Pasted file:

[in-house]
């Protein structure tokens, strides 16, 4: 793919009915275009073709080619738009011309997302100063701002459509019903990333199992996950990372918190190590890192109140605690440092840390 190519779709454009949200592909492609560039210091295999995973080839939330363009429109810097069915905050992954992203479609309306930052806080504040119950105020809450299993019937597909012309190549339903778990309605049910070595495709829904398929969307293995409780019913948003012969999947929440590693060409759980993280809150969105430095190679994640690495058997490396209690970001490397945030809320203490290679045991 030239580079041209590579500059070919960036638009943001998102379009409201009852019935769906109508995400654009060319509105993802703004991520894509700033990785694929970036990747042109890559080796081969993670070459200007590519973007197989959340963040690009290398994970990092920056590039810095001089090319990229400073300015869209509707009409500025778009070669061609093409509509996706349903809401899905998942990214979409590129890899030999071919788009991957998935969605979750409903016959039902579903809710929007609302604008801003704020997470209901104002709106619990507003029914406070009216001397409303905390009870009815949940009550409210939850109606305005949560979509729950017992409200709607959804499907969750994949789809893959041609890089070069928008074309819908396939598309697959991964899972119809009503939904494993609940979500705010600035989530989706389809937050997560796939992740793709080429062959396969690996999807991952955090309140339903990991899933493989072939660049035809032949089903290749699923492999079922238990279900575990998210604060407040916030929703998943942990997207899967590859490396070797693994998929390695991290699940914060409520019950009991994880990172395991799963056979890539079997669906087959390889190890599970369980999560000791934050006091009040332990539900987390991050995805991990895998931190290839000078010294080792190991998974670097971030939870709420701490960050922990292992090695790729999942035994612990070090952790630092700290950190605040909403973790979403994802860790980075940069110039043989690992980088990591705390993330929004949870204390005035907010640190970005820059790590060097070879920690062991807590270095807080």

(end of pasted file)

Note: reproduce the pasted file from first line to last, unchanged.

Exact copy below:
[in-house]
């Protein structure tokens, strides 16, 4: 793919009915275009073709080619738009011309997302100063701002459509019903990333199992996950990372918190190590890192109140605690440092840390 190519779709454009949200592909492609560039210091295999995973080839939330363009429109810097069915905050992954992203479609309306930052806080504040119950105020809450299993019937597909012309190549339903778990309605049910070595495709829904398929969307293995409780019913948003012969999947929440590693060409759980993280809150969105430095190679994640690495058997490396209690970001490397945030809320203490290679045991 030239580079041209590579500059070919960036638009943001998102379009409201009852019935769906109508995400654009060319509105993802703004991520894509700033990785694929970036990747042109890559080796081969993670070459200007590519973007197989959340963040690009290398994970990092920056590039810095001089090319990229400073300015869209509707009409500025778009070669061609093409509509996706349903809401899905998942990214979409590129890899030999071919788009991957998935969605979750409903016959039902579903809710929007609302604008801003704020997470209901104002709106619990507003029914406070009216001397409303905390009870009815949940009550409210939850109606305005949560979509729950017992409200709607959804499907969750994949789809893959041609890089070069928008074309819908396939598309697959991964899972119809009503939904494993609940979500705010600035989530989706389809937050997560796939992740793709080429062959396969690996999807991952955090309140339903990991899933493989072939660049035809032949089903290749699923492999079922238990279900575990998210604060407040916030929703998943942990997207899967590859490396070797693994998929390695991290699940914060409520019950009991994880990172395991799963056979890539079997669906087959390889190890599970369980999560000791934050006091009040332990539900987390991050995805991990895998931190290839000078010294080792190991998974670097971030939870709420701490960050922990292992090695790729999942035994612990070090952790630092700290950190605040909403973790979403994802860790980075940069110039043989690992980088990591705390993330929004949870204390005035907010640190970005820059790590060097070879920690062991807590270095807080």